Monday, February 24, 2014

Resolution, Not Conflict: Part 2

Sorry a little late posting this but here we got…. So!

The guide to problem-solving. by Susan Heitler, Ph.D.


Specifically, how do some young people, most often but not limited to female, develop personality patterns that create chaos and fighting wherever they go? 
           
Four theories come to mind for me when I work with clients with borderline patterns.  One possibility is that the problem begins with their parenting.  A second hypothesis is that the tendency to create chaos comes from biological sources.  A third explanation might be that adult individuals with borderline personality disorder begin as children who are particularly sensitive and experience traumas in their youthful years. A fourth explanation may lie in a paucity of mature habits for handling emotions and for collaborative resolution of conflicts.


1.)    Let's look first at parenting glitches. 




I do think that Ginny Mae's mom may have been part of the problem.  On the brink of a second divorce, she probably was feeling highly stressed at the time.  I have a hunch too that the mom modeled anger as a means of forcing her husband and children to do what she wanted.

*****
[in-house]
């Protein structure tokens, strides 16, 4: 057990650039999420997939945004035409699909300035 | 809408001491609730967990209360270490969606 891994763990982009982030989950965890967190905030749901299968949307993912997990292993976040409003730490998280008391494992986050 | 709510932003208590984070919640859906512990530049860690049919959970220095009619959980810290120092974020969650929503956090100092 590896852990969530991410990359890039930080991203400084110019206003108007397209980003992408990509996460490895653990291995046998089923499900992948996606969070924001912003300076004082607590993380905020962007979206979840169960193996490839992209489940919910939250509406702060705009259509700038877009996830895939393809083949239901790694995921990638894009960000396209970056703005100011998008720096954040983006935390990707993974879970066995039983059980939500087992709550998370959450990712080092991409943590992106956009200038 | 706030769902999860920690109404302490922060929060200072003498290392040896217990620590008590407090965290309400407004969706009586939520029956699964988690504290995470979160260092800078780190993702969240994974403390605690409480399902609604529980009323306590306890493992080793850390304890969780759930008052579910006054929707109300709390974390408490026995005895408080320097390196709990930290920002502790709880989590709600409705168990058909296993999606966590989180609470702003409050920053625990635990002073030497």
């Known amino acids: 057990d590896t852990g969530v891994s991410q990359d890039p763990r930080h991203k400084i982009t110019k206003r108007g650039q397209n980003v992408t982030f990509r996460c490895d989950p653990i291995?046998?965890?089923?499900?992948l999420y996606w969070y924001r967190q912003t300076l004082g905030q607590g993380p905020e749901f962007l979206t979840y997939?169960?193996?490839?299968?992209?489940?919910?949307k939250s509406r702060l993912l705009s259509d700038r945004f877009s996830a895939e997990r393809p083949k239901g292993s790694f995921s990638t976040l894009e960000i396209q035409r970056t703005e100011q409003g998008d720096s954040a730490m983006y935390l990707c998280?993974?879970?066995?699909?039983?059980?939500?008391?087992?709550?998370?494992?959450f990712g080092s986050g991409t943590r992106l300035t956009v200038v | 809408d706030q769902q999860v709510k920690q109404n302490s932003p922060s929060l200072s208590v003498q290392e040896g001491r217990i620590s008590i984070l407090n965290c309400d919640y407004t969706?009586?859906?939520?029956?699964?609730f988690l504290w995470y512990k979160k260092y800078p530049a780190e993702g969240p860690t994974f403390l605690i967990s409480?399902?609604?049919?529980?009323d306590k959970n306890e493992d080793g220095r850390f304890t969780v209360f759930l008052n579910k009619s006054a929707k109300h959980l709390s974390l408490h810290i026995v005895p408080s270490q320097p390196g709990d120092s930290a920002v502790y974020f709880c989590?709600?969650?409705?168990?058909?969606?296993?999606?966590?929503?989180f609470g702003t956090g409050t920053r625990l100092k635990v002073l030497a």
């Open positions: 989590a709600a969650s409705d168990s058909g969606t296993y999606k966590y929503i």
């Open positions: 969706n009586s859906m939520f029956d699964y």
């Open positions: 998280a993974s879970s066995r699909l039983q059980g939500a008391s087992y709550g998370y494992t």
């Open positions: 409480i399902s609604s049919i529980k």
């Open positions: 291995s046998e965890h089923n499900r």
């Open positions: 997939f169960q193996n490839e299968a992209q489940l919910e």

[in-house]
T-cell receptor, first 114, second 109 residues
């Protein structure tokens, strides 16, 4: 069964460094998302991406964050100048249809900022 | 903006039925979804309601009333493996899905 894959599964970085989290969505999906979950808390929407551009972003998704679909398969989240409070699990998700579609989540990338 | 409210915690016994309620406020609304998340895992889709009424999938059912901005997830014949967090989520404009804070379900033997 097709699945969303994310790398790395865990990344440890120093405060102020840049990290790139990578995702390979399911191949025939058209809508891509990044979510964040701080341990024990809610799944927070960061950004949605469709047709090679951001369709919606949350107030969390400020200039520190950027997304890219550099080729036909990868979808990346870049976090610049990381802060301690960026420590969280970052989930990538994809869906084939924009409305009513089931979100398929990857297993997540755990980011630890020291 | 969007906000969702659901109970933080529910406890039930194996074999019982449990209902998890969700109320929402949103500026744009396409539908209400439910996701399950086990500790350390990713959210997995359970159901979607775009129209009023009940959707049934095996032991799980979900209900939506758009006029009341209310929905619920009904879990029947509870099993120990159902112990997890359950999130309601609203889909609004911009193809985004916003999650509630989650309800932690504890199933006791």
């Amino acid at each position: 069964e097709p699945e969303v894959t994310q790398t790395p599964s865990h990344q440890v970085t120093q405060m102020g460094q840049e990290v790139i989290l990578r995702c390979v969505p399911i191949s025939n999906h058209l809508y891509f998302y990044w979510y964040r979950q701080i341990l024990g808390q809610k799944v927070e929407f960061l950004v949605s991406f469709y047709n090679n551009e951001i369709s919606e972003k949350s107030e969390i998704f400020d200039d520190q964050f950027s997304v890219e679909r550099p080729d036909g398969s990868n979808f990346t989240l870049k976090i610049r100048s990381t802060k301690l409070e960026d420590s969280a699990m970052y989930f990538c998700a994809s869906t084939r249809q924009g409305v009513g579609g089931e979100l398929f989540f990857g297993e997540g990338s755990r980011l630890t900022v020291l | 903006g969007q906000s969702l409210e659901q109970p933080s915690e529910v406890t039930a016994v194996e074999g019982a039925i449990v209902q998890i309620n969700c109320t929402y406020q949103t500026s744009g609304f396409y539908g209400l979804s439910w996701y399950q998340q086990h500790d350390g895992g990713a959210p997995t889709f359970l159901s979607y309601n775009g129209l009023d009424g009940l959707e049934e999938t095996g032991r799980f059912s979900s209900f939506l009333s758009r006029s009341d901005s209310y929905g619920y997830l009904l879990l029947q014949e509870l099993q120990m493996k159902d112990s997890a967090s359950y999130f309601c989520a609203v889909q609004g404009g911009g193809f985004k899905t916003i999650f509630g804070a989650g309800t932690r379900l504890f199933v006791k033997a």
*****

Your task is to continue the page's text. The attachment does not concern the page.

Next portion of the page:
In addition, Mom may have been too overwhelmed with her own problems to be able to take charge of Ginny Mae.  I had a hunch that Ginny Mae used her anger to control everyone in the household, including her parents, in a classic case of collapsed hierarchy. No adults stopped Ginny Mae's quarrelsome habits, so she continued to use them.
           
I have a hunch that Ginny Mae's dad played a role as well.  The more he treated his daughter as his special can-do-no-wrong little girl, the more he undermined his wife's ability to tame her tantrums.

Girls with a tendency to excessive anger need a strong parental unit.  Divide and conquer can be the daughter's highly effective strategy for taking charge, and that's to everyone's detriment, hers included.


2.)    The second theory, positing biological predispositions, is particularly ably set forth by Barbara Oakley in her book Evil Genes.